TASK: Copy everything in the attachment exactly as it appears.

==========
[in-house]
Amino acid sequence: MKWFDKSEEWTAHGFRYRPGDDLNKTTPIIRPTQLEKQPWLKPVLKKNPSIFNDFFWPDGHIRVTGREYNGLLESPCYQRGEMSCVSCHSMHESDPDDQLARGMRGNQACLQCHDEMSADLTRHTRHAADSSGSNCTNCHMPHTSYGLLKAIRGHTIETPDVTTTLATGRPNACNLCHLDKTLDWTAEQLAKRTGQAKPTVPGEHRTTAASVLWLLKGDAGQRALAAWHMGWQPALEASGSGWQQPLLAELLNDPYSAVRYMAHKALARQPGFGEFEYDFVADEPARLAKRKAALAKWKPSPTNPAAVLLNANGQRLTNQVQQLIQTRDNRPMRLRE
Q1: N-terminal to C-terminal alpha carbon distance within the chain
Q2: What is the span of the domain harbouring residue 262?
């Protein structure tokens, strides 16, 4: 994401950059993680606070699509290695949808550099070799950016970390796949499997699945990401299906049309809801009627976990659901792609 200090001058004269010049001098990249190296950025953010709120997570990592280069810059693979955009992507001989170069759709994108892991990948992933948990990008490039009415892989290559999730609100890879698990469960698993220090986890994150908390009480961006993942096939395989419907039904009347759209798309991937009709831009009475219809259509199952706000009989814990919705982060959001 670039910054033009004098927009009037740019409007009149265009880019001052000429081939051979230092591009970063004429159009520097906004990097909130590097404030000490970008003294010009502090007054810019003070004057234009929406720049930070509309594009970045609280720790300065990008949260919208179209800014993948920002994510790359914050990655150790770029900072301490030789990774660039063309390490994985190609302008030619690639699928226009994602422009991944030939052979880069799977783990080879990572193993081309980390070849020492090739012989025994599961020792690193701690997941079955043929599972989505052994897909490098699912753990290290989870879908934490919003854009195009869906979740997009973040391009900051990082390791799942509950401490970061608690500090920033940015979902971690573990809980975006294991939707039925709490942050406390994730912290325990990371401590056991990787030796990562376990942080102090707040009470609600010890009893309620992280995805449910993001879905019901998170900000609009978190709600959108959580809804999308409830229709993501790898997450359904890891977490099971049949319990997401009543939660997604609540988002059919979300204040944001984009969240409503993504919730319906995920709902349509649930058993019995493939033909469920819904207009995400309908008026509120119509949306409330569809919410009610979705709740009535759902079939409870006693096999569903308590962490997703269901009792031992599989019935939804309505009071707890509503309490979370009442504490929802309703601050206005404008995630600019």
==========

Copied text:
[in-house]
Amino acid sequence: MKWFDKSEEWTAHGFRYRPGDDLNKTTPIIRPTQLEKQPWLKPVLKKNPSIFNDFFWPDGHIRVTGREYNGLLESPCYQRGEMSCVSCHSMHESDPDDQLARGMRGNQACLQCHDEMSADLTRHTRHAADSSGSNCTNCHMPHTSYGLLKAIRGHTIETPDVTTTLATGRPNACNLCHLDKTLDWTAEQLAKRTGQAKPTVPGEHRTTAASVLWLLKGDAGQRALAAWHMGWQPALEASGSGWQQPLLAELLNDPYSAVRYMAHKALARQPGFGEFEYDFVADEPARLAKRKAALAKWKPSPTNPAAVLLNANGQRLTNQVQQLIQTRDNRPMRLRE
Q1: N-terminal to C-terminal alpha carbon distance within the chain
Q2: What is the span of the domain harbouring residue 262?
């Protein structure tokens, strides 16, 4: 994401950059993680606070699509290695949808550099070799950016970390796949499997699945990401299906049309809801009627976990659901792609 200090001058004269010049001098990249190296950025953010709120997570990592280069810059693979955009992507001989170069759709994108892991990948992933948990990008490039009415892989290559999730609100890879698990469960698993220090986890994150908390009480961006993942096939395989419907039904009347759209798309991937009709831009009475219809259509199952706000009989814990919705982060959001 670039910054033009004098927009009037740019409007009149265009880019001052000429081939051979230092591009970063004429159009520097906004990097909130590097404030000490970008003294010009502090007054810019003070004057234009929406720049930070509309594009970045609280720790300065990008949260919208179209800014993948920002994510790359914050990655150790770029900072301490030789990774660039063309390490994985190609302008030619690639699928226009994602422009991944030939052979880069799977783990080879990572193993081309980390070849020492090739012989025994599961020792690193701690997941079955043929599972989505052994897909490098699912753990290290989870879908934490919003854009195009869906979740997009973040391009900051990082390791799942509950401490970061608690500090920033940015979902971690573990809980975006294991939707039925709490942050406390994730912290325990990371401590056991990787030796990562376990942080102090707040009470609600010890009893309620992280995805449910993001879905019901998170900000609009978190709600959108959580809804999308409830229709993501790898997450359904890891977490099971049949319990997401009543939660997604609540988002059919979300204040944001984009969240409503993504919730319906995920709902349509649930058993019995493939033909469920819904207009995400309908008026509120119509949306409330569809919410009610979705709740009535759902079939409870006693096999569903308590962490997703269901009792031992599989019935939804309505009071707890509503309490979370009442504490929802309703601050206005404008995630600019």